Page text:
Wednesday, January 25, 2012

USOC: A changed Olympics

After Crash A Changed Olympics
BY MIKE LUPICA | NY Daly News | Saturday, July 20, 1996  

ATLANTA By late afternoon, when the torch arrived at City Hall, the people were already streaming down Washington St. SW, past the Trinity United Methodist Church, then taking a left on Memorial Drive, on their way to the Olympic Stadium.

This was the day when the opening ceremonies were supposed to take the whole world and make it feel like a small town. This was the day the Olympics officially made it to the South. They are just not quite the same Olympics they would have been a few days ago, before TWA Flight 800 exploded over the ocean, way up North.

"After what happened in New York," United States Olympic Committee President LeRoy Walker said, "you ask the same question you ask after Oklahoma City."

Walker is 77 and grew up in Harlem during the Depression. He later lived in South Ferry in New York City and holds a master's degree from Columbia and has seen much, good and bad, during an honorable and distinguished Olympic career.

In Atlanta yesterday, with the Olympic torch making its way through the streets trailed by the sound of cheers and sirens, Walker never came out and specified what question about Oklahoma City he meant. But the question was this: Could a bomb happen at the Olympics?

There is no way of knowing how much security increased between Wednesday night's crash and the opening ceremonies last night. Maybe there is no way of ever knowing. But it increased, and by a lot.

Even as the parade of people began moving to the Olympic Stadium, down Memorial Drive and then past Atlanta-Fulton County Stadium and into the opening ceremonies, there were police everywhere, some of them directing traffic, some of them in royal blue patrol cars that had Georgia State Patrol on the sides, some of them wearing berets. All of them trying to see the whole Olympics at once.

Even a taxi cab in the wrong lane was enough to make them move, and fast.

"That airplane in New York sure changed things around here," a cab driver named Rafael Colbert said.

Colbert had made a wrong turn, got into the wrong lane behind an official bus, and a couple of berets were on him.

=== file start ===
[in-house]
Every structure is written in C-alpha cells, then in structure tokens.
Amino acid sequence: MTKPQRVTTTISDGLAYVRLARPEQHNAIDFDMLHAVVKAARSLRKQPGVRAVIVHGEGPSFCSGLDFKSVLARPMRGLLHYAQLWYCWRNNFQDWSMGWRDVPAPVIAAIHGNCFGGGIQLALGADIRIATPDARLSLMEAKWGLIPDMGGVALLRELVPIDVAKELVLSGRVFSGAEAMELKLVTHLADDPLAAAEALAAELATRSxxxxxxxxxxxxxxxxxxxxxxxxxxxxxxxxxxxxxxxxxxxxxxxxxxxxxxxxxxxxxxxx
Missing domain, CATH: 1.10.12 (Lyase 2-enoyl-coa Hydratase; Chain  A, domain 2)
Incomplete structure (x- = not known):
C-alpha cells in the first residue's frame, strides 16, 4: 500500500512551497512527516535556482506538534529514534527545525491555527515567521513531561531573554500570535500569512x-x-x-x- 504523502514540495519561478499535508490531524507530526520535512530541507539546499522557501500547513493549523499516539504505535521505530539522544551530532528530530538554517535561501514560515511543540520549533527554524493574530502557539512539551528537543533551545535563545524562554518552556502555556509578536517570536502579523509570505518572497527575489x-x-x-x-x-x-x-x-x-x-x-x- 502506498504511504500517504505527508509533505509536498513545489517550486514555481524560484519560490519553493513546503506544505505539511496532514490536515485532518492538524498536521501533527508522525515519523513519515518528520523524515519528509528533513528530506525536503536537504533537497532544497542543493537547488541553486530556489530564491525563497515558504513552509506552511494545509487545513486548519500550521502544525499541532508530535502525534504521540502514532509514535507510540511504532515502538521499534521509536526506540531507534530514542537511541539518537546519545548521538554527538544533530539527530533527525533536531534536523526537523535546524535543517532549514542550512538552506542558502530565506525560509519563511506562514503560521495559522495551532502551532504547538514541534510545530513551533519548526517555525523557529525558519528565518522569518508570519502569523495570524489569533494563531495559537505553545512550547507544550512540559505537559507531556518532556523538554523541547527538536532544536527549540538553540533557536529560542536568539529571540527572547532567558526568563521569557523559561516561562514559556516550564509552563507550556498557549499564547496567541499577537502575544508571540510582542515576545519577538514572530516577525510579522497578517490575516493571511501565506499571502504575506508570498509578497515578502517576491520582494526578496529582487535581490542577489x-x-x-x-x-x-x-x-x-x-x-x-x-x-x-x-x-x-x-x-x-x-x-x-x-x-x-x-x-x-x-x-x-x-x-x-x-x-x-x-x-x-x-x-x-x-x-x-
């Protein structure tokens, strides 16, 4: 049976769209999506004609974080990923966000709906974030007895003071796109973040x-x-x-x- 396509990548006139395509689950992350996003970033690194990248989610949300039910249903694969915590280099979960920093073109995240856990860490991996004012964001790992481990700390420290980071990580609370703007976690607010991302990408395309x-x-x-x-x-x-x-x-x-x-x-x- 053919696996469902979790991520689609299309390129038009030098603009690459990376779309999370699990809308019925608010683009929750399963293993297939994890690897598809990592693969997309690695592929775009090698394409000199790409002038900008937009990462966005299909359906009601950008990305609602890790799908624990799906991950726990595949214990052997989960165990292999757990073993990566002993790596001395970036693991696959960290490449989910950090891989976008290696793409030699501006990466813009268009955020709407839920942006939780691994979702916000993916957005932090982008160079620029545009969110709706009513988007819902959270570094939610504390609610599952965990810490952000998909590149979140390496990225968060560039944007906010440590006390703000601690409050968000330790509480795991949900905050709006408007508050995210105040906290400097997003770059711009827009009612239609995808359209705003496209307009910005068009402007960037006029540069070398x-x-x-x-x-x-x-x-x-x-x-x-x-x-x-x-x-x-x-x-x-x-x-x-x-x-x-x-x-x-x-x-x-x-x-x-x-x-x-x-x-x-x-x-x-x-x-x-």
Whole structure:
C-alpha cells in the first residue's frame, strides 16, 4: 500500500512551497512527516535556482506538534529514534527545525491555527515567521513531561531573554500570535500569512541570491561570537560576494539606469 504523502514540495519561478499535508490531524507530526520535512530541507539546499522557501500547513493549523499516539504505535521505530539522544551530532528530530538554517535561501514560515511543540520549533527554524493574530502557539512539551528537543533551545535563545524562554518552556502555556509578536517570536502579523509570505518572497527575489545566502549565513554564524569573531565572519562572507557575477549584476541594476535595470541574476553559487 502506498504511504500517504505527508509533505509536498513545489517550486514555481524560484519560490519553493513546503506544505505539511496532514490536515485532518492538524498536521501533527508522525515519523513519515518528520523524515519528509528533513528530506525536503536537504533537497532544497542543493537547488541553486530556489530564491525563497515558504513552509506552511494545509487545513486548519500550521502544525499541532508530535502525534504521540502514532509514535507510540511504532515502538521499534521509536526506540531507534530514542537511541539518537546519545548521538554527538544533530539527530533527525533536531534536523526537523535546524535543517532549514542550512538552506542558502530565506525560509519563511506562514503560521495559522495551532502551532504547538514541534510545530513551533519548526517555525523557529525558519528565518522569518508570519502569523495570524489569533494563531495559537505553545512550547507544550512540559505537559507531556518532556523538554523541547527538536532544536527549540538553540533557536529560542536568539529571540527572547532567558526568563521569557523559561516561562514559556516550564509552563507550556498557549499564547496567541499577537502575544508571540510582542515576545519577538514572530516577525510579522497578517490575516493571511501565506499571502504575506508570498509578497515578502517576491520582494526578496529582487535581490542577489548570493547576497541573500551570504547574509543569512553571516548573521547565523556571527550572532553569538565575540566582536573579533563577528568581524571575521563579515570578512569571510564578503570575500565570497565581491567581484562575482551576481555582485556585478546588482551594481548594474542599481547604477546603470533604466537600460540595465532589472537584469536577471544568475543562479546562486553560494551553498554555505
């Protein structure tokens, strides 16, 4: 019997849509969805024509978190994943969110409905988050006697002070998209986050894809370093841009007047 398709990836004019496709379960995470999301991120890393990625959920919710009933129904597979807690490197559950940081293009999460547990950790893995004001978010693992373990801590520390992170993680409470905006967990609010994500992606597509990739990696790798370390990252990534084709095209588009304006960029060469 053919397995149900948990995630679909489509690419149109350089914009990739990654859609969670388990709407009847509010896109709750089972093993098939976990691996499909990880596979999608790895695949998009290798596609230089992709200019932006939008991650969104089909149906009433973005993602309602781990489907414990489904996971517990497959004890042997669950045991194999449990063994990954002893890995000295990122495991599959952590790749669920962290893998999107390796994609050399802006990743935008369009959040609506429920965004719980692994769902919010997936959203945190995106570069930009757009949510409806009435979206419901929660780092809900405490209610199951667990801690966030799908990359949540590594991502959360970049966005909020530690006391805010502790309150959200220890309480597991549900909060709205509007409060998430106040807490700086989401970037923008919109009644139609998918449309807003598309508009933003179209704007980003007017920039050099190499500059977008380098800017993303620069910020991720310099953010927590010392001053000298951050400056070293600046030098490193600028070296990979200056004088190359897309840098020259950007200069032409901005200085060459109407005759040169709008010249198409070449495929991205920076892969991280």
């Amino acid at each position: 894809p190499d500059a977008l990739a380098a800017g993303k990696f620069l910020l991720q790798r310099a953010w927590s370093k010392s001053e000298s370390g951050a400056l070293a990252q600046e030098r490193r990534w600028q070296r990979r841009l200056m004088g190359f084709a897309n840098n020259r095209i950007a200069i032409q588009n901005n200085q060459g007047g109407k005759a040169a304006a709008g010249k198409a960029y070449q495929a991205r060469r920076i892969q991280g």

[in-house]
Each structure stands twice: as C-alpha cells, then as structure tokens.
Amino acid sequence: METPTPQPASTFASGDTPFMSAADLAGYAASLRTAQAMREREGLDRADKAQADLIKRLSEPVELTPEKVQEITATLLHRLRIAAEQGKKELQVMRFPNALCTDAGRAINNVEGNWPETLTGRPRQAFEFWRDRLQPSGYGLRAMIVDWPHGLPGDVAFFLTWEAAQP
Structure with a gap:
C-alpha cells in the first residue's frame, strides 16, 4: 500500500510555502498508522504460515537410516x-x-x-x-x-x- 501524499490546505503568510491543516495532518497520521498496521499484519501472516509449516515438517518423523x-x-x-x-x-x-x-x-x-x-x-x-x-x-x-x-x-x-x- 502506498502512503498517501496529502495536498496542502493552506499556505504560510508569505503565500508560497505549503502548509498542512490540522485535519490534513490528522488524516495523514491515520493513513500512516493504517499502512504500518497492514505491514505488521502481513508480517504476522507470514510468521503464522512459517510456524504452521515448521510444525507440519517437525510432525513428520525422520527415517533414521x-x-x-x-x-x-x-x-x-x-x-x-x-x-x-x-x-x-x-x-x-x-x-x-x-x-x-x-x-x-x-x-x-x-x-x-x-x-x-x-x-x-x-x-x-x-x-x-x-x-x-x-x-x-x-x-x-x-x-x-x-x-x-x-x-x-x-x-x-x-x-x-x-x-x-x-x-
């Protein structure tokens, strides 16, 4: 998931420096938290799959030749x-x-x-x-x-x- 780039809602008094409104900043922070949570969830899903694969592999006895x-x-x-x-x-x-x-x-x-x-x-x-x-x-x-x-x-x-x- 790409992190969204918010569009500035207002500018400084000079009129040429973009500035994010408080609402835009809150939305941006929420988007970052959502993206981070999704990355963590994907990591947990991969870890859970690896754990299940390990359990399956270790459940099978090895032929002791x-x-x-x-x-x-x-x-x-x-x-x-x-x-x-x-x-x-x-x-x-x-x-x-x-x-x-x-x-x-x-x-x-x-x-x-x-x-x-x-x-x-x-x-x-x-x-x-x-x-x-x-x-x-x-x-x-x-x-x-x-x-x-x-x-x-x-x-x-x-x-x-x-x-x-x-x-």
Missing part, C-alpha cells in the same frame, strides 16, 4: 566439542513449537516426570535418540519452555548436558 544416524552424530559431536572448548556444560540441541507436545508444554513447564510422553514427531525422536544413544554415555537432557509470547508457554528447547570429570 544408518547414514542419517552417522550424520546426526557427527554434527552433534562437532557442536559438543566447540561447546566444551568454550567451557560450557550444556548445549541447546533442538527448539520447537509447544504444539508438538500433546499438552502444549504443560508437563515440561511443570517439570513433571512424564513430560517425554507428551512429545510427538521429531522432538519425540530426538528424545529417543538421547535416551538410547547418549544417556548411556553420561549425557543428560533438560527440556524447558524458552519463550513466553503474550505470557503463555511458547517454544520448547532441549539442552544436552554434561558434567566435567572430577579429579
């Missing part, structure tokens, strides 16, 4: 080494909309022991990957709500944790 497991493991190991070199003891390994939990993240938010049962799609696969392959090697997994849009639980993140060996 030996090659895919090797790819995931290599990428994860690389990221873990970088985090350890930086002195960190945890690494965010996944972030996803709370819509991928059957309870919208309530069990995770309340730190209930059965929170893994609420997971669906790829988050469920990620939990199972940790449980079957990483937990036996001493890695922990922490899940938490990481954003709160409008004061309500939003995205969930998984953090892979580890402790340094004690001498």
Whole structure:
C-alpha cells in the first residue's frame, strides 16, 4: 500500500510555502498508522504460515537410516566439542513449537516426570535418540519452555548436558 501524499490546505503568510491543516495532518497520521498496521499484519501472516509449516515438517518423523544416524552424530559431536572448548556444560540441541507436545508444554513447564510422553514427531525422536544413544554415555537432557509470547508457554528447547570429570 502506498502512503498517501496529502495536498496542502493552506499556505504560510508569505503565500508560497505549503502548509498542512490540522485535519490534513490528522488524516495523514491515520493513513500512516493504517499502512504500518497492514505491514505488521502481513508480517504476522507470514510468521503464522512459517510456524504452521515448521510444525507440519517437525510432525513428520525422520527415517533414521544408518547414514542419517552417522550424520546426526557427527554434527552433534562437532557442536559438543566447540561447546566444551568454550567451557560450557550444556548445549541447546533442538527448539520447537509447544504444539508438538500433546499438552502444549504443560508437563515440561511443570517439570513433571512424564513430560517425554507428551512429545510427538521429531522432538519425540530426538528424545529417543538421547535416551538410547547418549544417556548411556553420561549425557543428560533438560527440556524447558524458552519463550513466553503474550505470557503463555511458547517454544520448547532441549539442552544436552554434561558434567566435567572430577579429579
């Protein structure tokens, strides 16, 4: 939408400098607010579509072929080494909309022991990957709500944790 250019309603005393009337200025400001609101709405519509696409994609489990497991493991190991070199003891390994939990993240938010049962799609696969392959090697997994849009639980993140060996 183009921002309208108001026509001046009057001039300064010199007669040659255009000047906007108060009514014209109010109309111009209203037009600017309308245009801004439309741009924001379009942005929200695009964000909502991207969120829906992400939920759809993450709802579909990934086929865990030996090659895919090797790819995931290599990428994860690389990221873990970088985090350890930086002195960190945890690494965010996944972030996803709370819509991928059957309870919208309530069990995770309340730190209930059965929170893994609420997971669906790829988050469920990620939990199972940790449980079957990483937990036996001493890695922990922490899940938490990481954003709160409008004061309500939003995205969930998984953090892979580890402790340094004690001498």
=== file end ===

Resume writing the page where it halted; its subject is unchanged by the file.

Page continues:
There was no known connection between the Olympics and what happened with that airplane in New York. But the explosion, coming so close to the opening ceremonies, was about terrible possibilities. It is about the fearful corner of every Olympics, wherever the Olympics are staged.

It has been the way since Israeli athletes were murdered in Munich in 1972, and the Olympics were changed forever.

"Before Munich, no organizing committee had anything in the budget for security," LeRoy Walker said. "Since Munich [security] has been one of the largest budgets for any organizing committee."

And whatever the budget was in Atlanta, whatever they were saying yesterday, the budget was stretched after the plane went down, even if they didn't put that news up on billboards.

"First, people here are very aware of things," Walker said. "Secondly, they have prepared for everything they possibly can. Thirdly, they say that if they tell you more, it's not security. We will bow and accept it."

And later, a man named Ralph Hale, the USOC chief of mission, said, "Obviously, the TWA thing is on everyone's mind."

In Atlanta and everywhere else.

You looked up on the television sets in the Main Press Center yesterday and first you had news of the airplane crash and then you were back to the Olympics, the day Atlanta has waited six years for, since the International Olympic Committee announced in 1990 the Centennial Olympics were coming here.

First on the CNN feed you saw James Kallstrom, the FBI man in New York heading the criminal investigation of Flight 800. When Kallstrom was done, there was a switch back to a talk show, and there was the smiling face of Bruce Jenner, former Olympic decathlon champion.

The next two weeks in Atlanta are supposed to be about triumph. Still, no one could shake tragedy yesterday. This is the week when even a siren announcing the coming of the Olympic torch makes everyone stop.

The cab driver Rafael Colbert was right, sitting there in traffic on Harris St., trying to stay cool. That plane in New York changed things. Did not ruin things. Did not spoil the excitement in Atlanta, the beginning of these Centennial Olympics.

Just changed things.

"Some people act like it happened here," Rafael Colbert said.

But we always worry on this day, before the games are announced open, before one spectacular show at the opening ceremonies tries to outdo the one before it, as though we sit home and keep score on these things.

Munich changed everything, and over the last quarter-century terrorists have changed the world. At every stadium, in Los Angeles or Seoul or Barcelona or Atlanta last night, there is the same corner of fear, the same awareness of possibilities, whether a plane has crashed into the ocean 48 hours before or not.

In Seoul, because of all the difficulties between North and South Korea, there was more security than you could believe in the hot sun of the opening ceremonies, police and army everywhere you looked. If you weren't in the parade of athletes that day eight years ago, you were a suspect.

Some things do not change on the day when the world is supposed to unite because of sports.

They lit up the sky above another Olympics last night. Just not the same sky it was supposed to be.

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